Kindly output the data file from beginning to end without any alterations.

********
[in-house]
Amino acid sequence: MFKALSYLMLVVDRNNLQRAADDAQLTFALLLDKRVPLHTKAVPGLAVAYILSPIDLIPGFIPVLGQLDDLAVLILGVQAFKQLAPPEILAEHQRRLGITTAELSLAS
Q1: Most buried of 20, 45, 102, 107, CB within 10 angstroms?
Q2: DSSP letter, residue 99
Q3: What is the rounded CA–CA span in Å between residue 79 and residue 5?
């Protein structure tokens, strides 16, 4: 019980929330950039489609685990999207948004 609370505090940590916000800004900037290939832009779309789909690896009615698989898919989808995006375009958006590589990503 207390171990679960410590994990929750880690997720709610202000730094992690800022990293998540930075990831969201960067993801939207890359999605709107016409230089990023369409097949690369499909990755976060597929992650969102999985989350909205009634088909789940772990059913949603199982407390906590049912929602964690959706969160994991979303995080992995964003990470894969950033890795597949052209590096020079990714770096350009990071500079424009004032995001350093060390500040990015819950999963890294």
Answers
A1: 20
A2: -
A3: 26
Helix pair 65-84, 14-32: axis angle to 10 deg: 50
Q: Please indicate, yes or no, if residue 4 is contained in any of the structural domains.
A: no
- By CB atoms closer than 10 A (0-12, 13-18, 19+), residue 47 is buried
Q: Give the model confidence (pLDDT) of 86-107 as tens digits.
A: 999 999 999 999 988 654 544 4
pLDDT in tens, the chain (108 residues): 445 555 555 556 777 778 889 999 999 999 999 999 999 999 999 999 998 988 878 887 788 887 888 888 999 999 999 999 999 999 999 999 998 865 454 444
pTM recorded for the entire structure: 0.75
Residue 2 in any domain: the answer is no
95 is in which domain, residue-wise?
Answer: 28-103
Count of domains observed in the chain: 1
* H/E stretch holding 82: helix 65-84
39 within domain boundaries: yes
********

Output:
[in-house]
Amino acid sequence: MFKALSYLMLVVDRNNLQRAADDAQLTFALLLDKRVPLHTKAVPGLAVAYILSPIDLIPGFIPVLGQLDDLAVLILGVQAFKQLAPPEILAEHQRRLGITTAELSLAS
Q1: Most buried of 20, 45, 102, 107, CB within 10 angstroms?
Q2: DSSP letter, residue 99
Q3: What is the rounded CA–CA span in Å between residue 79 and residue 5?
């Protein structure tokens, strides 16, 4: 019980929330950039489609685990999207948004 609370505090940590916000800004900037290939832009779309789909690896009615698989898919989808995006375009958006590589990503 207390171990679960410590994990929750880690997720709610202000730094992690800022990293998540930075990831969201960067993801939207890359999605709107016409230089990023369409097949690369499909990755976060597929992650969102999985989350909205009634088909789940772990059913949603199982407390906590049912929602964690959706969160994991979303995080992995964003990470894969950033890795597949052209590096020079990714770096350009990071500079424009004032995001350093060390500040990015819950999963890294």
Answers
A1: 20
A2: -
A3: 26
Helix pair 65-84, 14-32: axis angle to 10 deg: 50
Q: Please indicate, yes or no, if residue 4 is contained in any of the structural domains.
A: no
- By CB atoms closer than 10 A (0-12, 13-18, 19+), residue 47 is buried
Q: Give the model confidence (pLDDT) of 86-107 as tens digits.
A: 999 999 999 999 988 654 544 4
pLDDT in tens, the chain (108 residues): 445 555 555 556 777 778 889 999 999 999 999 999 999 999 999 999 998 988 878 887 788 887 888 888 999 999 999 999 999 999 999 999 998 865 454 444
pTM recorded for the entire structure: 0.75
Residue 2 in any domain: the answer is no
95 is in which domain, residue-wise?
Answer: 28-103
Count of domains observed in the chain: 1
* H/E stretch holding 82: helix 65-84
39 within domain boundaries: yes